You know, running a blog business sounds really cool. And it is: I often find myself smiling randomly, just because I was thinking about all the great things I am able to do. But on the other hand, there is much that I still have to learn and practice. In this article I like to show you what nonprofits and Coca-Cola can learn from each other – and why that lesson to learn from your opposite is so valuable for each of us.
Melinda Gates makes a case that’s at least provocative: What can nonprofits learn from mega-corporations like Coca-Cola? In this TedTalk she arguments that the strategies that Coke uses could work for distributing health care, vaccinations, sanitation, and even condoms too.
It’s and interesting case and I totally got why Melinda used Coca-Cola as the leading example for this topic. The brand is a power-house, gained a lot of valuable knowledge about doing business during the last decades now and it’s been considered as the strongest brand out there too.
I mean, when I travel, no matter how remote my final destination, Coke seems to be everywhere. Which begs the question – how does Coca-Cola make its way to these remote places?
Gates noticed this during one of her trips to the developing world too, and so she decided to find a way to apply the lessons to serve the social good.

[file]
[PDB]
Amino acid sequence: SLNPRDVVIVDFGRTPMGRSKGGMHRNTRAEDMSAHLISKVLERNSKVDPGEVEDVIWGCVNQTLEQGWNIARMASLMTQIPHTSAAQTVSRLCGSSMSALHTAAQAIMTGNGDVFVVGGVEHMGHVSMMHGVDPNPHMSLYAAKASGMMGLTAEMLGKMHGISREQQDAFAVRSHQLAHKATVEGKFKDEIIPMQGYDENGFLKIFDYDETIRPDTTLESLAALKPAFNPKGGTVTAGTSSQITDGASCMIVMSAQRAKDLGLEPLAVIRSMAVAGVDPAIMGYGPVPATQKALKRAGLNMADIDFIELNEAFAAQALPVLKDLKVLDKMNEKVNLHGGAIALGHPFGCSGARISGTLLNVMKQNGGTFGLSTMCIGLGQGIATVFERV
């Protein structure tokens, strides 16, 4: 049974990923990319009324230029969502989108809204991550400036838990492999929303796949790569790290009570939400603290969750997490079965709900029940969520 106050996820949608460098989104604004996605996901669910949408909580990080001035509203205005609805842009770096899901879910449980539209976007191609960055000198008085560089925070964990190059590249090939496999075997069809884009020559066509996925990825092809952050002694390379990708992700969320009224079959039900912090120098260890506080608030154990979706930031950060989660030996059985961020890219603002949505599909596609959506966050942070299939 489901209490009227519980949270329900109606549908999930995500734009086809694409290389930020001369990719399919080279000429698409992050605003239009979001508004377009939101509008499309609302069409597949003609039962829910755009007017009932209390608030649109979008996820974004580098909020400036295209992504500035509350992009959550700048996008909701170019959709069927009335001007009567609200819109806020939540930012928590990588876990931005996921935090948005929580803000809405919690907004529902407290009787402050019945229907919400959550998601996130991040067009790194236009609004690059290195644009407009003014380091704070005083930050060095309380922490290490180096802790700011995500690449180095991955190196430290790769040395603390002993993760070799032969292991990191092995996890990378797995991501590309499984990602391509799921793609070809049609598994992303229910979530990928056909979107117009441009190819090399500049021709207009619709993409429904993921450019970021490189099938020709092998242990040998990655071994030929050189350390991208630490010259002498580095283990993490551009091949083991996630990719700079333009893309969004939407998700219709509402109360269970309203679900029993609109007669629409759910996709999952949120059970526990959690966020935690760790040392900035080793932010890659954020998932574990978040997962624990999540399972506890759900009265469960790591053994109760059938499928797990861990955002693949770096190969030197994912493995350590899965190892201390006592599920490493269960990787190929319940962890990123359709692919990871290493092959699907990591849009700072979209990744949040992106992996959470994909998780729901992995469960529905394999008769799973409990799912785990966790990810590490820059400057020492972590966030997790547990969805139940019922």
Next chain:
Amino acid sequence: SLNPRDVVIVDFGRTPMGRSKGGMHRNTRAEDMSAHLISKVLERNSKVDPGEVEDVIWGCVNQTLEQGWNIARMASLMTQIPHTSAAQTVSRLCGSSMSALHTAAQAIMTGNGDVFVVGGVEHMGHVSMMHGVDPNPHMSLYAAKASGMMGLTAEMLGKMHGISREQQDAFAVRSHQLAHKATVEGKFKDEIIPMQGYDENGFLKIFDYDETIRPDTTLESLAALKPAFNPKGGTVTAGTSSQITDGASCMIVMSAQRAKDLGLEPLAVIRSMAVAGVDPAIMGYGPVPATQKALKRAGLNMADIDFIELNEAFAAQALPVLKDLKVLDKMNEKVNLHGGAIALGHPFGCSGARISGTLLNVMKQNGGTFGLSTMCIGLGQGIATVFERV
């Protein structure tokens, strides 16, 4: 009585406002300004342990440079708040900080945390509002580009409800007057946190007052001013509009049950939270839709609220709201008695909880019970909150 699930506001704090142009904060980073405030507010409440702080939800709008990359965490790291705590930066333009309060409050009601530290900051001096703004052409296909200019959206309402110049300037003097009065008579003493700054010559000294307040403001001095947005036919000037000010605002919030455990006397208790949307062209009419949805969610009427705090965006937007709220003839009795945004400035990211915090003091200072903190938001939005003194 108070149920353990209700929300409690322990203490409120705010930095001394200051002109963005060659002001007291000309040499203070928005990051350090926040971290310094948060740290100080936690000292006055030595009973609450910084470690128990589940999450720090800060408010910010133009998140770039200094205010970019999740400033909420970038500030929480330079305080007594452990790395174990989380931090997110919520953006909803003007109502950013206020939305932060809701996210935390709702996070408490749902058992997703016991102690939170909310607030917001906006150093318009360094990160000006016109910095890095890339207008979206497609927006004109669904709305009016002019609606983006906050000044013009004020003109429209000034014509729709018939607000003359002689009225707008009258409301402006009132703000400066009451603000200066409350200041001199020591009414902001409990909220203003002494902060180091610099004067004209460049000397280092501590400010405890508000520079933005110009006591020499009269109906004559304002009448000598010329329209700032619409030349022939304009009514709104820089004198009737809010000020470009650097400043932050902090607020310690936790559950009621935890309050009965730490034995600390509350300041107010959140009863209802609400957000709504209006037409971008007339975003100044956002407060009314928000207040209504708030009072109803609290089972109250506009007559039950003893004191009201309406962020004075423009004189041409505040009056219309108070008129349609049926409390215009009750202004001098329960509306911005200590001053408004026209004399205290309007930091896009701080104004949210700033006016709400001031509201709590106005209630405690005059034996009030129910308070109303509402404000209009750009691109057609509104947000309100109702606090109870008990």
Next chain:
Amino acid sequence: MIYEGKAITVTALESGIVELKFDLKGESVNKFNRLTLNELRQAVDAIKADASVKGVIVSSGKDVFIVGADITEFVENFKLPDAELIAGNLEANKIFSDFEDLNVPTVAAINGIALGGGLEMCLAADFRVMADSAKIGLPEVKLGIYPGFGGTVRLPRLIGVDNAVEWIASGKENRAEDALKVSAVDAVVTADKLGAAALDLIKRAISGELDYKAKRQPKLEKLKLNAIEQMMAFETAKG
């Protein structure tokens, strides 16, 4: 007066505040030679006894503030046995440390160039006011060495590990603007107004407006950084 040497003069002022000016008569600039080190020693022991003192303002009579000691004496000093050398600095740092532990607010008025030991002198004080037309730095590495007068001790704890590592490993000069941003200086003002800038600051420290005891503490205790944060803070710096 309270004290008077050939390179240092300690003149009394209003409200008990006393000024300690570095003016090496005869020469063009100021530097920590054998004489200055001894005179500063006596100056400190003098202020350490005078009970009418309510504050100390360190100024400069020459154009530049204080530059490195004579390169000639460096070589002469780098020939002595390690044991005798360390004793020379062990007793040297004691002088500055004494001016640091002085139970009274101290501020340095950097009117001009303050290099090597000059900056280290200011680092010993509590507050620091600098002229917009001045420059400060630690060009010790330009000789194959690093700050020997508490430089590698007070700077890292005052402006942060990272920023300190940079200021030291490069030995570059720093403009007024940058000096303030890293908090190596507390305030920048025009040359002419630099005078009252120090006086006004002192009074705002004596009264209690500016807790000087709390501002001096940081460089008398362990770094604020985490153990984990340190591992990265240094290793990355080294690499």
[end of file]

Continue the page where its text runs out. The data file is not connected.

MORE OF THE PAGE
To me, it’s an fascinating talk in which Melinda Gates makes interesting connections. The purpose of Coca Cola to reach people all over the world – even in developing countries relates to nonprofits as well. Reaching and connecting with people in need on the remote places on earth is a goal that nonprofits strive for and Coke is already doing a pretty good job in that.
But can it work? Can for-profit models, especially those with a budget like Coca-Cola, make sense as nonprofit strategies?
Melinda Gates shares 3 lessons in her talk on TED, for nonprofits to be learned from Coca-Cola. Here were go:
- Take real-time data and use it to improve
One thing Coke does well is analyzing its sales trends and data in real-time. This feedback loops immediately back into their product and measures their progress as they go. In nonprofits, evaluation of data typically comes at the end of a project, or the end of their fiscal year as they prepare to show their impact to their supporters. Nonprofits can learn from Coke and make a plan to analyze their data as they go. This strategy will work to boost program impacts, as nonprofits will keep abreast of trends in their service areas and meet their community where they are needed.
- Tap into local entrepreneurial talent